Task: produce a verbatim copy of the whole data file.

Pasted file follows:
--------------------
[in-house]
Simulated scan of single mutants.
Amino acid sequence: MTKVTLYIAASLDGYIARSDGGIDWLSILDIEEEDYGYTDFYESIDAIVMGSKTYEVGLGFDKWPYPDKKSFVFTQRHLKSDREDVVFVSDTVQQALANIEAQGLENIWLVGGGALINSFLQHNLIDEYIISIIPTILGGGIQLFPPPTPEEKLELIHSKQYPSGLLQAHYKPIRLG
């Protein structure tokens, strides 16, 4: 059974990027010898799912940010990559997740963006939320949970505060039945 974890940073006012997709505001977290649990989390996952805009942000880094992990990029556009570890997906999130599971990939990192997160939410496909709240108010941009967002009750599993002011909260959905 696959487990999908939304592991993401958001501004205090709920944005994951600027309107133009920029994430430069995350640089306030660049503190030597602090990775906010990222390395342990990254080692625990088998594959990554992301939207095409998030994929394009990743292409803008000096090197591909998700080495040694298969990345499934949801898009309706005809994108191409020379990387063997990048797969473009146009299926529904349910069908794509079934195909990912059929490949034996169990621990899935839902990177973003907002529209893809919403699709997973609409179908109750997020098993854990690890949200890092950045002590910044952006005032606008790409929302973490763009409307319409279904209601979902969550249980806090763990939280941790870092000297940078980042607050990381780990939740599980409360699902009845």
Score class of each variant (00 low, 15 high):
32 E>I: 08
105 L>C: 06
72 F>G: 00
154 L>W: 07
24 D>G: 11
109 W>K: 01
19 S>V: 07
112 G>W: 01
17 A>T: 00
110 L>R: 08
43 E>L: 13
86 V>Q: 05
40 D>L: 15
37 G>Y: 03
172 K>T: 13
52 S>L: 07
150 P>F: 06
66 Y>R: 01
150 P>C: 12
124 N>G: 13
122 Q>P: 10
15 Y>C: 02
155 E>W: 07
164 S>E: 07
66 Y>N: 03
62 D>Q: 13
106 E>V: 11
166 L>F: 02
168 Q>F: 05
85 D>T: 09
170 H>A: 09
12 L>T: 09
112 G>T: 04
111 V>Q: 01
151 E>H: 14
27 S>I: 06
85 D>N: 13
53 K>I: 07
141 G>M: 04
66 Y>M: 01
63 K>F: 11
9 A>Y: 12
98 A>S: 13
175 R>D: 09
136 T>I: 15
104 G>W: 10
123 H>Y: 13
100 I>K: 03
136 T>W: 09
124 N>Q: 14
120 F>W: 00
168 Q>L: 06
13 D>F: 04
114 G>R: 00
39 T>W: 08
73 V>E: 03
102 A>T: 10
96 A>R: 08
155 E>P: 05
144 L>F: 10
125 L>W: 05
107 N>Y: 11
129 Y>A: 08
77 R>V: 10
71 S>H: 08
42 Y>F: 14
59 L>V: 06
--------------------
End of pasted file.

[in-house]
Simulated scan of single mutants.
Amino acid sequence: MTKVTLYIAASLDGYIARSDGGIDWLSILDIEEEDYGYTDFYESIDAIVMGSKTYEVGLGFDKWPYPDKKSFVFTQRHLKSDREDVVFVSDTVQQALANIEAQGLENIWLVGGGALINSFLQHNLIDEYIISIIPTILGGGIQLFPPPTPEEKLELIHSKQYPSGLLQAHYKPIRLG
């Protein structure tokens, strides 16, 4: 059974990027010898799912940010990559997740963006939320949970505060039945 974890940073006012997709505001977290649990989390996952805009942000880094992990990029556009570890997906999130599971990939990192997160939410496909709240108010941009967002009750599993002011909260959905 696959487990999908939304592991993401958001501004205090709920944005994951600027309107133009920029994430430069995350640089306030660049503190030597602090990775906010990222390395342990990254080692625990088998594959990554992301939207095409998030994929394009990743292409803008000096090197591909998700080495040694298969990345499934949801898009309706005809994108191409020379990387063997990048797969473009146009299926529904349910069908794509079934195909990912059929490949034996169990621990899935839902990177973003907002529209893809919403699709997973609409179908109750997020098993854990690890949200890092950045002590910044952006005032606008790409929302973490763009409307319409279904209601979902969550249980806090763990939280941790870092000297940078980042607050990381780990939740599980409360699902009845």
Score class of each variant (00 low, 15 high):
32 E>I: 08
105 L>C: 06
72 F>G: 00
154 L>W: 07
24 D>G: 11
109 W>K: 01
19 S>V: 07
112 G>W: 01
17 A>T: 00
110 L>R: 08
43 E>L: 13
86 V>Q: 05
40 D>L: 15
37 G>Y: 03
172 K>T: 13
52 S>L: 07
150 P>F: 06
66 Y>R: 01
150 P>C: 12
124 N>G: 13
122 Q>P: 10
15 Y>C: 02
155 E>W: 07
164 S>E: 07
66 Y>N: 03
62 D>Q: 13
106 E>V: 11
166 L>F: 02
168 Q>F: 05
85 D>T: 09
170 H>A: 09
12 L>T: 09
112 G>T: 04
111 V>Q: 01
151 E>H: 14
27 S>I: 06
85 D>N: 13
53 K>I: 07
141 G>M: 04
66 Y>M: 01
63 K>F: 11
9 A>Y: 12
98 A>S: 13
175 R>D: 09
136 T>I: 15
104 G>W: 10
123 H>Y: 13
100 I>K: 03
136 T>W: 09
124 N>Q: 14
120 F>W: 00
168 Q>L: 06
13 D>F: 04
114 G>R: 00
39 T>W: 08
73 V>E: 03
102 A>T: 10
96 A>R: 08
155 E>P: 05
144 L>F: 10
125 L>W: 05
107 N>Y: 11
129 Y>A: 08
77 R>V: 10
71 S>H: 08
42 Y>F: 14
59 L>V: 06